(+) Initial jobless claims for the Sep. 9 ending week fell -14k to 284k, below an expected 300k. Continuing claims for the Sep. 2 week rose +4k to 1,944k, which was below the consensus estimate of 1,965k. Part of the initial claim decline was due to a partial reversal of Hurricane Harvey effects in Texas, but these remain elevated. On top of this, Hurricane Irma effects in Florida are likely to cause a boost in claims for coming weeks—altering the fundamental longer-term trend of low claim levels.

Market Notes

Period ending 9/15/2017

1 Week (%)

YTD (%)




S&P 500



Russell 2000









BlmbgBarcl U.S. Aggregate



U.S. Treasury Yields

3 Mo.

2 Yr.

5 Yr.

10 Yr.

30 Yr.



















U.S. stocks gained, with sentiment higher as a result of damage reports from Hurricane Irma not looking as bad as initially expected as well as tempered rhetoric with North Korea. Small caps sharply outperformed large caps, which restoring some of their lag this year. From a sector standpoint, energy stocks gained over +3% on the back of stronger oil prices, along with similar strong returns from financials and telecom; defensive utilities lagged with a small loss for the week.

Foreign equities were ended mixed, largely due to currency effects. Japanese stocks gained +3% in local terms on the back of stronger economic results, and little apparent impact from North Korean tensions, although a weaker yen moderated much of these gains. On the other hand, local currency losses in the U.K. were turned into positive returns with a stronger pound. European results were less dramatic, with moderate gains. Emerging market stocks outperformed developed markets, with strength in China despite weakening growth—which has some investors convinced tightening measures are working to stem overheating. Additionally, eased restrictions on stock shorting boosted sentiment. Brazil also experienced gains despite another presidential indictment on corruption charges.

U.S. bonds suffered negative returns as risk won out during the week, driving yields across the curve higher. Investment-grade credit held up better than treasuries. High yield bounced back to a greater degree. Developed market foreign bonds lagged due to higher yields and the headwind of a stronger dollar. Emerging market bonds suffered a bit less due to a less severe currency impact.

Real estate gained modestly, underperforming broader equities, despite the usually-negative impact of higher interest rates. Cyclically-sensitive lodging and regional malls bounced back sharply, with gains of several percent to lead the way, while apartments lost ground. With a stronger dollar effect, Asian and European real estate lagged, with negative returns, while U.K. gained.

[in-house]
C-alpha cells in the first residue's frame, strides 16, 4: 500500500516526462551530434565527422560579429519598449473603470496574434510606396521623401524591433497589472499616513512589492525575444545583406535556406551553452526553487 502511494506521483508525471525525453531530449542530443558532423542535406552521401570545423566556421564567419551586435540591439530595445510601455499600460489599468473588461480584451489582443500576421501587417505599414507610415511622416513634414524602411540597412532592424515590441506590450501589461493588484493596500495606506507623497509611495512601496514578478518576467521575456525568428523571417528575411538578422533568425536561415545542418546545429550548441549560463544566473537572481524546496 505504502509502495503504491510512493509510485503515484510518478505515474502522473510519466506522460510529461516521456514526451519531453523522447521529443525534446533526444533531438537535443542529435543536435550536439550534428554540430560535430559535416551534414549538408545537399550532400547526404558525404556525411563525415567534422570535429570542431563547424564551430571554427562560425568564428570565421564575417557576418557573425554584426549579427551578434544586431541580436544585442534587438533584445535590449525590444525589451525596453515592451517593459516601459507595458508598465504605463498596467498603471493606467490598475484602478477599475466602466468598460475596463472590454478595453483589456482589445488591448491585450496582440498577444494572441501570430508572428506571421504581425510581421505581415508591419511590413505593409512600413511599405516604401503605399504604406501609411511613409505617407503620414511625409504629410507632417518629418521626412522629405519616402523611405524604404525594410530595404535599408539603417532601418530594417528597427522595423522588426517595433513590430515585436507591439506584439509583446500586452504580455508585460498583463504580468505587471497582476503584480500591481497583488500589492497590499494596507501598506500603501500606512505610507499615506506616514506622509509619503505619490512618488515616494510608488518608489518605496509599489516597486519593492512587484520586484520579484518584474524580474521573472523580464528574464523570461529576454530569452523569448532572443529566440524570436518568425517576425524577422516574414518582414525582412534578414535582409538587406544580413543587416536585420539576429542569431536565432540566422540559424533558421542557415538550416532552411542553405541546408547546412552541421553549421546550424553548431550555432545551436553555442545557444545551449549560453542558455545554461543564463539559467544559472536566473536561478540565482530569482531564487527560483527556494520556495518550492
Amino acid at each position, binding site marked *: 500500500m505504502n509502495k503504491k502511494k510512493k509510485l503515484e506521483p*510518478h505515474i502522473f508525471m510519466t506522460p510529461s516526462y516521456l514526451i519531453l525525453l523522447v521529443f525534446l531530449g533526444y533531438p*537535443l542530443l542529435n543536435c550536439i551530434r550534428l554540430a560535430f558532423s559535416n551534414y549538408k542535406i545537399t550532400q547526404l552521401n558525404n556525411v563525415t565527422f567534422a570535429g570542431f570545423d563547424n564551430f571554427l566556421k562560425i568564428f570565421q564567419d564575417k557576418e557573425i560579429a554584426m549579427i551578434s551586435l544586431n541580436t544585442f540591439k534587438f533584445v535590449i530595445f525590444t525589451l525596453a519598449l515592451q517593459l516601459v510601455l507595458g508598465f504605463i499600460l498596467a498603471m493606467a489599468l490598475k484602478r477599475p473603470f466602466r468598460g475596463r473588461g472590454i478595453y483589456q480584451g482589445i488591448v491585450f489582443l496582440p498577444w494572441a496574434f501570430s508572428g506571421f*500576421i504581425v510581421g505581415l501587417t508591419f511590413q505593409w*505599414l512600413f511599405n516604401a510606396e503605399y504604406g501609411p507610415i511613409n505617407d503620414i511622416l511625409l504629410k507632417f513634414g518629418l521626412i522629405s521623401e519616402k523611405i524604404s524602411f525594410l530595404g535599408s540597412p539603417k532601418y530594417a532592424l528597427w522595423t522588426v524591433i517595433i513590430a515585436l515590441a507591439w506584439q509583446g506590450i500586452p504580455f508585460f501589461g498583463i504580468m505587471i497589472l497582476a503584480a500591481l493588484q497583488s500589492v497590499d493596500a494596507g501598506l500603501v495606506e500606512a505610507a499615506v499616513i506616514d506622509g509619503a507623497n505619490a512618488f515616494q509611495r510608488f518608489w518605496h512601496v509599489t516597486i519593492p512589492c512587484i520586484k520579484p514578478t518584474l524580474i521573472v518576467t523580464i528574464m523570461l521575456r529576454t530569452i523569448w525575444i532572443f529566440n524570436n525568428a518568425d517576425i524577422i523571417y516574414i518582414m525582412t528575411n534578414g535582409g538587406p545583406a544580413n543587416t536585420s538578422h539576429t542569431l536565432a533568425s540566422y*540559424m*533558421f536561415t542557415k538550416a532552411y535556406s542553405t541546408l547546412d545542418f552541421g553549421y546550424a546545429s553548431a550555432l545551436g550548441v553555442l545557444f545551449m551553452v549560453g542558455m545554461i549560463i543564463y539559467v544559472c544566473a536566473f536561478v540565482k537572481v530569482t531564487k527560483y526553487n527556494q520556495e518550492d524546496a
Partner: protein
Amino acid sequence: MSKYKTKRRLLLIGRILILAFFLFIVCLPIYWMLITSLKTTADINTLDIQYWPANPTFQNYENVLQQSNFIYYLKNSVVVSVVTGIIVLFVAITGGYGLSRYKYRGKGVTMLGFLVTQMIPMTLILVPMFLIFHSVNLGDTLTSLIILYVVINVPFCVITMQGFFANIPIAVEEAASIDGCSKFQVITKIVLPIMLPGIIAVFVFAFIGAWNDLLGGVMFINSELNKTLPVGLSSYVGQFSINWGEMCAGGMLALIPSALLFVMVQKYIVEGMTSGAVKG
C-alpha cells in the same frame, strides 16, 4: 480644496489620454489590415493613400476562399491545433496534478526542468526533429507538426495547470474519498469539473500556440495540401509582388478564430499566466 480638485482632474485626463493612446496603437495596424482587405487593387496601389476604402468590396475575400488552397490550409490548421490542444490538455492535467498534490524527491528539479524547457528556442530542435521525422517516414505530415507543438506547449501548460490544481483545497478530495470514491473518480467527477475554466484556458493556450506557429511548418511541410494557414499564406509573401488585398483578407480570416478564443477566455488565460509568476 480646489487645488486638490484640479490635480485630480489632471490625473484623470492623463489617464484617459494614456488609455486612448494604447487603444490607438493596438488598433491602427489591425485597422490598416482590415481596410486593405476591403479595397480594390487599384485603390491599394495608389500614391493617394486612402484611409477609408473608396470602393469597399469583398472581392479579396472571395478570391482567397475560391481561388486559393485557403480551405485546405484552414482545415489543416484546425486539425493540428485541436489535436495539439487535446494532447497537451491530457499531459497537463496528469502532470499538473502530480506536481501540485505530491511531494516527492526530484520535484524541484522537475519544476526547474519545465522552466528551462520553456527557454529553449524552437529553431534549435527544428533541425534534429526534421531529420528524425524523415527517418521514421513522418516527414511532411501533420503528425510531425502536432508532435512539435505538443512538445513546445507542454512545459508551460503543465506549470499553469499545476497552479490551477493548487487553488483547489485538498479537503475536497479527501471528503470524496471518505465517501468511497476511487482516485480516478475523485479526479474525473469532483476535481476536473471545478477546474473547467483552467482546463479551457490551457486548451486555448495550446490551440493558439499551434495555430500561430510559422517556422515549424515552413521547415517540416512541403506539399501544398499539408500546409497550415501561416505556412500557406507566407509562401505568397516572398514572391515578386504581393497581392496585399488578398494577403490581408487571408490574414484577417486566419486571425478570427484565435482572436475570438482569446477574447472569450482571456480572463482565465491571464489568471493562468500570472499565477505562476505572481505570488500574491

Commodities rose for the week, led by strength in the energy sector. Both natural gas and crude oil prices rose +5%, in crude’s case to $49.89/barrel, with expected inventory drawdowns and talk of the Saudi-led OPEC agreement to extend production cuts beyond March of next year. With risk taking precedence this week, precious metals prices declined, as did industrial metals.

Sources: FocusPoint Solutions, American Association for Individual Investors (AAII), Associated Press, Barclays Capital, Bloomberg, Deutsche Bank, FactSet, Financial Times, Goldman Sachs, JPMorgan Asset Management, Kiplinger's, Marketfield Asset Management, Minyanville, Morgan Stanley, MSCI, Morningstar, Northern Trust, Oppenheimer Funds, Payden & Rygel, PIMCO, Rafferty Capital Markets, LLC, Schroder's, Standard & Poor's, The Conference Board, Thomson Reuters, U.S. Bureau of Economic Analysis, U.S. Federal Reserve, Wells Capital Management, Yahoo!, Zacks Investment Research. Index performance is shown as total return, which includes dividends, with the exception of MSCI-EM, which is quoted as price return/excluding dividends. Performance for the MSCI-EAFE and MSCI-EM indexes is quoted in U.S. Dollar investor terms.

The information above has been obtained from sources considered reliable, but no representation is made as to its completeness, accuracy or timeliness. All information and opinions expressed are subject to change without notice. Information provided in this report is not intended to be, and should not be construed as, investment, legal or tax advice; and does not constitute an offer, or a solicitation of any offer, to buy or sell any security, investment or other product. FocusPoint Solutions, Inc. is a registered investment advisor.

Notes key: (+) positive/encouraging development, (0) neutral/inconclusive/no net effect, (-) negative/discouraging development.

Additional Reading

Read the previous Weekly Review for September 11, 2017.